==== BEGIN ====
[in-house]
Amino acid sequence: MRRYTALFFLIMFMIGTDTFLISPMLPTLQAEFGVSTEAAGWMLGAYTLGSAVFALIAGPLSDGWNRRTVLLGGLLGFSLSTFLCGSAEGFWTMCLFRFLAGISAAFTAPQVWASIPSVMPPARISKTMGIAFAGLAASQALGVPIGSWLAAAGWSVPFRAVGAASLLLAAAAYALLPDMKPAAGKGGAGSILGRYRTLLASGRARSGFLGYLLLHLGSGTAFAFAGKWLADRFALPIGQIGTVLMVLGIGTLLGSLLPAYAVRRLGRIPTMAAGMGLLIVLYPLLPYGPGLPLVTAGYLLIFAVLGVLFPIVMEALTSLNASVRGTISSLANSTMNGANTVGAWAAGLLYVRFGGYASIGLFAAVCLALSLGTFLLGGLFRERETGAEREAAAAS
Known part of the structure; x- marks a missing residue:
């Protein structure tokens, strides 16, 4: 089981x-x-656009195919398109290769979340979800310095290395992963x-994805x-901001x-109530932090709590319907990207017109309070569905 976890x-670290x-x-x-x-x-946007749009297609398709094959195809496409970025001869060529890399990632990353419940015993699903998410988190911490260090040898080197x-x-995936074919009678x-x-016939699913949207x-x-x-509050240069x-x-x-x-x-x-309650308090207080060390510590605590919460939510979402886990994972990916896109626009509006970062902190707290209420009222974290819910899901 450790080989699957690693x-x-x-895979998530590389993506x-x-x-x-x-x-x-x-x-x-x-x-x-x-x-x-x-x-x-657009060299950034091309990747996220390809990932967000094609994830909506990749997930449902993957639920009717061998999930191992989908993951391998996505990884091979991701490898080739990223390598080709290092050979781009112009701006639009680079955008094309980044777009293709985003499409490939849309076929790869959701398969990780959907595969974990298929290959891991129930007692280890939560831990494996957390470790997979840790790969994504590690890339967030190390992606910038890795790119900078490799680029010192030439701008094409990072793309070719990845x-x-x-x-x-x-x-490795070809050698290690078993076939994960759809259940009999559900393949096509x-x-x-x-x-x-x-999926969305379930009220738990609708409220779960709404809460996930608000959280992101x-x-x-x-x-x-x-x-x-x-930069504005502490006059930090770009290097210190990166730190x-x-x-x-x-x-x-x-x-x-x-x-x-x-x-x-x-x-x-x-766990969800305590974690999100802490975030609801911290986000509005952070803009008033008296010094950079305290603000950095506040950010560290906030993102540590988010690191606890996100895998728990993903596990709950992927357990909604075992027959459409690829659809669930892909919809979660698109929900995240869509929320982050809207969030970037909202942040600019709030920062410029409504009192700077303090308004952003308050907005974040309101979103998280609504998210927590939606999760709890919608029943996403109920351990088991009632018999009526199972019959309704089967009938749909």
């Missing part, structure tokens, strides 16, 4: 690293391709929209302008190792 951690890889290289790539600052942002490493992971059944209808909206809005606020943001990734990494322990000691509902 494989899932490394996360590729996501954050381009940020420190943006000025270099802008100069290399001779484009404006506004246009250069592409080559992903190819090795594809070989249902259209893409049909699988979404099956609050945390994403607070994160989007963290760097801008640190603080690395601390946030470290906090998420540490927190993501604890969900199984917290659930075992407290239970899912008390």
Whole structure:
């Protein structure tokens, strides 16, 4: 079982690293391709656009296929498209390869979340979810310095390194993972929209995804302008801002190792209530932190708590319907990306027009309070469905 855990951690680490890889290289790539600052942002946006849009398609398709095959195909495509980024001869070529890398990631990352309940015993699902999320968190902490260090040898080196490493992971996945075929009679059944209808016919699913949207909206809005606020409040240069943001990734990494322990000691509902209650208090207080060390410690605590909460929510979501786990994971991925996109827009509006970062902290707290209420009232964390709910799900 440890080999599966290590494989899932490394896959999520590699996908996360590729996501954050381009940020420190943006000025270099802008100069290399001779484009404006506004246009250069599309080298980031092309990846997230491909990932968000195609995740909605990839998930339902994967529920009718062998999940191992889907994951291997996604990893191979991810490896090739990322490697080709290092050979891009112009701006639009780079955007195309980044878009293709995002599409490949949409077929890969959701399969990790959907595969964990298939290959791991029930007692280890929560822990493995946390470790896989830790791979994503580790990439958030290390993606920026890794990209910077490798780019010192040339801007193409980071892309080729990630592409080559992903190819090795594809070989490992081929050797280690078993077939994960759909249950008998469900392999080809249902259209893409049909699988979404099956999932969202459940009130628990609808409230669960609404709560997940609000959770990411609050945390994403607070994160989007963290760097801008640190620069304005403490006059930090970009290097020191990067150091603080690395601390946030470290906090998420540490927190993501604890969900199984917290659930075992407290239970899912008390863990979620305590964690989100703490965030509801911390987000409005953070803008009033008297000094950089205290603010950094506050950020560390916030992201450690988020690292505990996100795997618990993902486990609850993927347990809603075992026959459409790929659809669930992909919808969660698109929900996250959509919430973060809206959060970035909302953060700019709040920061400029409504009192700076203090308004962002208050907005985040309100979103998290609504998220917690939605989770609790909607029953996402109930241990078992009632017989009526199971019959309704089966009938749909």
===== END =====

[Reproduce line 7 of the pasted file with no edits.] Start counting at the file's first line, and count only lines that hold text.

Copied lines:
């Protein structure tokens, strides 16, 4: 079982690293391709656009296929498209390869979340979810310095390194993972929209995804302008801002190792209530932190708590319907990306027009309070469905 855990951690680490890889290289790539600052942002946006849009398609398709095959195909495509980024001869070529890398990631990352309940015993699902999320968190902490260090040898080196490493992971996945075929009679059944209808016919699913949207909206809005606020409040240069943001990734990494322990000691509902209650208090207080060390410690605590909460929510979501786990994971991925996109827009509006970062902290707290209420009232964390709910799900 440890080999599966290590494989899932490394896959999520590699996908996360590729996501954050381009940020420190943006000025270099802008100069290399001779484009404006506004246009250069599309080298980031092309990846997230491909990932968000195609995740909605990839998930339902994967529920009718062998999940191992889907994951291997996604990893191979991810490896090739990322490697080709290092050979891009112009701006639009780079955007195309980044878009293709995002599409490949949409077929890969959701399969990790959907595969964990298939290959791991029930007692280890929560822990493995946390470790896989830790791979994503580790990439958030290390993606920026890794990209910077490798780019010192040339801007193409980071892309080729990630592409080559992903190819090795594809070989490992081929050797280690078993077939994960759909249950008998469900392999080809249902259209893409049909699988979404099956999932969202459940009130628990609808409230669960609404709560997940609000959770990411609050945390994403607070994160989007963290760097801008640190620069304005403490006059930090970009290097020191990067150091603080690395601390946030470290906090998420540490927190993501604890969900199984917290659930075992407290239970899912008390863990979620305590964690989100703490965030509801911390987000409005953070803008009033008297000094950089205290603010950094506050950020560390916030992201450690988020690292505990996100795997618990993902486990609850993927347990809603075992026959459409790929659809669930992909919808969660698109929900996250959509919430973060809206959060970035909302953060700019709040920061400029409504009192700076203090308004962002208050907005985040309100979103998290609504998220917690939605989770609790909607029953996402109930241990078992009632017989009526199971019959309704089966009938749909």